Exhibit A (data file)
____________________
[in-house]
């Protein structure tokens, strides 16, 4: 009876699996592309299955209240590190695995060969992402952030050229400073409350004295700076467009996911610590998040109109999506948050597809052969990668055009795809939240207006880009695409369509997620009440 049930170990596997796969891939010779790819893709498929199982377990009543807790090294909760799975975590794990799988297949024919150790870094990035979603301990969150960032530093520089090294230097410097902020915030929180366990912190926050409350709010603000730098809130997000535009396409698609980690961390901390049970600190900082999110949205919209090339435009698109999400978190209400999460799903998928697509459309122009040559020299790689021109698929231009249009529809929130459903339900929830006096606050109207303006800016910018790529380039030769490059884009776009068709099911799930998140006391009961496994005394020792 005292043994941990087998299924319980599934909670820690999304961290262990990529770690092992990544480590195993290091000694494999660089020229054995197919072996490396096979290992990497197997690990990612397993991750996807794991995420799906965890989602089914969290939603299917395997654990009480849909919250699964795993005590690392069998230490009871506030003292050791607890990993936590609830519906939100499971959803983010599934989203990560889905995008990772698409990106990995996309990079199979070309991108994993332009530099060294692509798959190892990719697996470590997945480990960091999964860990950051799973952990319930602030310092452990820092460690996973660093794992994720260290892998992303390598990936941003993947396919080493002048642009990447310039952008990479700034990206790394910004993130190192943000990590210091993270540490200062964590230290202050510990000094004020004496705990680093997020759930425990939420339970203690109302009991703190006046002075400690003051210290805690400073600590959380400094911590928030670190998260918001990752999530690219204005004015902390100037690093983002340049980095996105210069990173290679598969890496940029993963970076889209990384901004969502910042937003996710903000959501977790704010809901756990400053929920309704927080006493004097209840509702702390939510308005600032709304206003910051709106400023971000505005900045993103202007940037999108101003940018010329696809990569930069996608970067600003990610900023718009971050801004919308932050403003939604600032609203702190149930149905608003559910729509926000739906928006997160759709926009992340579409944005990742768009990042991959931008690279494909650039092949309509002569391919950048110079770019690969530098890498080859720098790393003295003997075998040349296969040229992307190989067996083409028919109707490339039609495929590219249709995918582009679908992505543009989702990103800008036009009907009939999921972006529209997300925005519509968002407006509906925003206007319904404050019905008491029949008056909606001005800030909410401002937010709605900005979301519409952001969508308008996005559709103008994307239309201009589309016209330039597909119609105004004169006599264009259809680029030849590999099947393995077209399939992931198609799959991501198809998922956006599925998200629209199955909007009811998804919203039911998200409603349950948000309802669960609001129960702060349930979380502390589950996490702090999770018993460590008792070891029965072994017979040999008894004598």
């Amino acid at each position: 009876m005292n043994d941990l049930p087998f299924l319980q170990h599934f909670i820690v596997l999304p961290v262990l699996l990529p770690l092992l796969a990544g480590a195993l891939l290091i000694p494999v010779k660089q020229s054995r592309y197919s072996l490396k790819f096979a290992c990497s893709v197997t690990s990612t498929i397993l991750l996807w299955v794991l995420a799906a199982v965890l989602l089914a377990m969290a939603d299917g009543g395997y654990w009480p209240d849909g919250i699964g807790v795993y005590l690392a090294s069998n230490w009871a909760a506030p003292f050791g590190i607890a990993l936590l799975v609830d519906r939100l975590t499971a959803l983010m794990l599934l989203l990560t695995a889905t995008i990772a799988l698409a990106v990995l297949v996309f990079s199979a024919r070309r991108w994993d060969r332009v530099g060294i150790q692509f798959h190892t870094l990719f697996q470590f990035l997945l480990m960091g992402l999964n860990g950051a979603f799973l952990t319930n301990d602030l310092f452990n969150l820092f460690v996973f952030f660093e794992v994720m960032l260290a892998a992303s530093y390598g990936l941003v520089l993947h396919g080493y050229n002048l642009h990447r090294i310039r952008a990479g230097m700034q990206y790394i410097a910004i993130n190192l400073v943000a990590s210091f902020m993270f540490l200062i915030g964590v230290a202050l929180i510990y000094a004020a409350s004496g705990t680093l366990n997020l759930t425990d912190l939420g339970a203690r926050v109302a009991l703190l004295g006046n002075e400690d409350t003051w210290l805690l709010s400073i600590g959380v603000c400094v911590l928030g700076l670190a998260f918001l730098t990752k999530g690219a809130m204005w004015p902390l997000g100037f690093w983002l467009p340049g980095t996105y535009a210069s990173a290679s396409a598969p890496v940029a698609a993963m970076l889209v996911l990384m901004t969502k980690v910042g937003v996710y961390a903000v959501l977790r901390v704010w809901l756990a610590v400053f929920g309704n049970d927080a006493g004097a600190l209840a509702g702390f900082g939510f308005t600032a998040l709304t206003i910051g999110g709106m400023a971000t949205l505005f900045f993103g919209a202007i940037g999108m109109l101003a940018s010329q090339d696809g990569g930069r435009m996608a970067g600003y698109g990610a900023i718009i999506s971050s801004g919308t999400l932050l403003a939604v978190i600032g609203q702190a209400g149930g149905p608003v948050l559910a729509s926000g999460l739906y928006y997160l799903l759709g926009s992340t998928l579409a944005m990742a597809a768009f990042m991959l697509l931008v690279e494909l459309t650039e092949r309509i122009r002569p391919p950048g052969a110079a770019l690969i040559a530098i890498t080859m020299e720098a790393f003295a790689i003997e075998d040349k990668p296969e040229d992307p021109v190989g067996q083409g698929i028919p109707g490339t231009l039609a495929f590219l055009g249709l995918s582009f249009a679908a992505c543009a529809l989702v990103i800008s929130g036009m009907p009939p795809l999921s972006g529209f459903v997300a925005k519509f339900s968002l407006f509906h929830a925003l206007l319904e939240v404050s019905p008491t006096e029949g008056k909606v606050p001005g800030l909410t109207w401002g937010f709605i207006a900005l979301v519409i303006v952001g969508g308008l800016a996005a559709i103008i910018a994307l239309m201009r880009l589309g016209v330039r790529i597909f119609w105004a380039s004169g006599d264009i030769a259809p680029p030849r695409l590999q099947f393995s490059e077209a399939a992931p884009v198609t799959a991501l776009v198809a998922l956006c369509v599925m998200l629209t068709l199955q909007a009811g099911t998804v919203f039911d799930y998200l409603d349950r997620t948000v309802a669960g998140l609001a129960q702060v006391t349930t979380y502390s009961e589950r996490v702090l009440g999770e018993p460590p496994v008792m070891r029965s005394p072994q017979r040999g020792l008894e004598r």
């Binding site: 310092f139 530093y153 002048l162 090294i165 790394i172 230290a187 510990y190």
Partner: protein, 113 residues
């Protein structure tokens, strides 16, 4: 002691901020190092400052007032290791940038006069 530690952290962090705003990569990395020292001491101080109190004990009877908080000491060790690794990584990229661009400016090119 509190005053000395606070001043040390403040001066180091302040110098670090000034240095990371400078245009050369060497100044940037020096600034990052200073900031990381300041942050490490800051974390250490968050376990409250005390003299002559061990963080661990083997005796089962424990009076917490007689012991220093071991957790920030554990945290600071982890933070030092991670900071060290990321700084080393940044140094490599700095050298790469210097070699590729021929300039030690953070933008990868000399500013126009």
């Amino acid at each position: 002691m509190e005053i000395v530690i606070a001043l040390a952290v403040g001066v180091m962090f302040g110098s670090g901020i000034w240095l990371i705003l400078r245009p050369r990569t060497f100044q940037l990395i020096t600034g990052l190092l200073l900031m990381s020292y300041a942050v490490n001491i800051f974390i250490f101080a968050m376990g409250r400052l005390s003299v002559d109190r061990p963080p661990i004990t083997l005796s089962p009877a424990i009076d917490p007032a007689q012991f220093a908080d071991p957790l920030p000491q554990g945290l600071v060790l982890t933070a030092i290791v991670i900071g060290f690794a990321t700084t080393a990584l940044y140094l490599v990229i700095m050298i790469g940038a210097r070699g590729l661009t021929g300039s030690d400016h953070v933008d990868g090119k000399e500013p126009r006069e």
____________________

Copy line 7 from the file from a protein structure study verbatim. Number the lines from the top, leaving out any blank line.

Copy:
């Amino acid at each position: 002691m509190e005053i000395v530690i606070a001043l040390a952290v403040g001066v180091m962090f302040g110098s670090g901020i000034w240095l990371i705003l400078r245009p050369r990569t060497f100044q940037l990395i020096t600034g990052l190092l200073l900031m990381s020292y300041a942050v490490n001491i800051f974390i250490f101080a968050m376990g409250r400052l005390s003299v002559d109190r061990p963080p661990i004990t083997l005796s089962p009877a424990i009076d917490p007032a007689q012991f220093a908080d071991p957790l920030p000491q554990g945290l600071v060790l982890t933070a030092i290791v991670i900071g060290f690794a990321t700084t080393a990584l940044y140094l490599v990229i700095m050298i790469g940038a210097r070699g590729l661009t021929g300039s030690d400016h953070v933008d990868g090119k000399e500013p126009r006069e």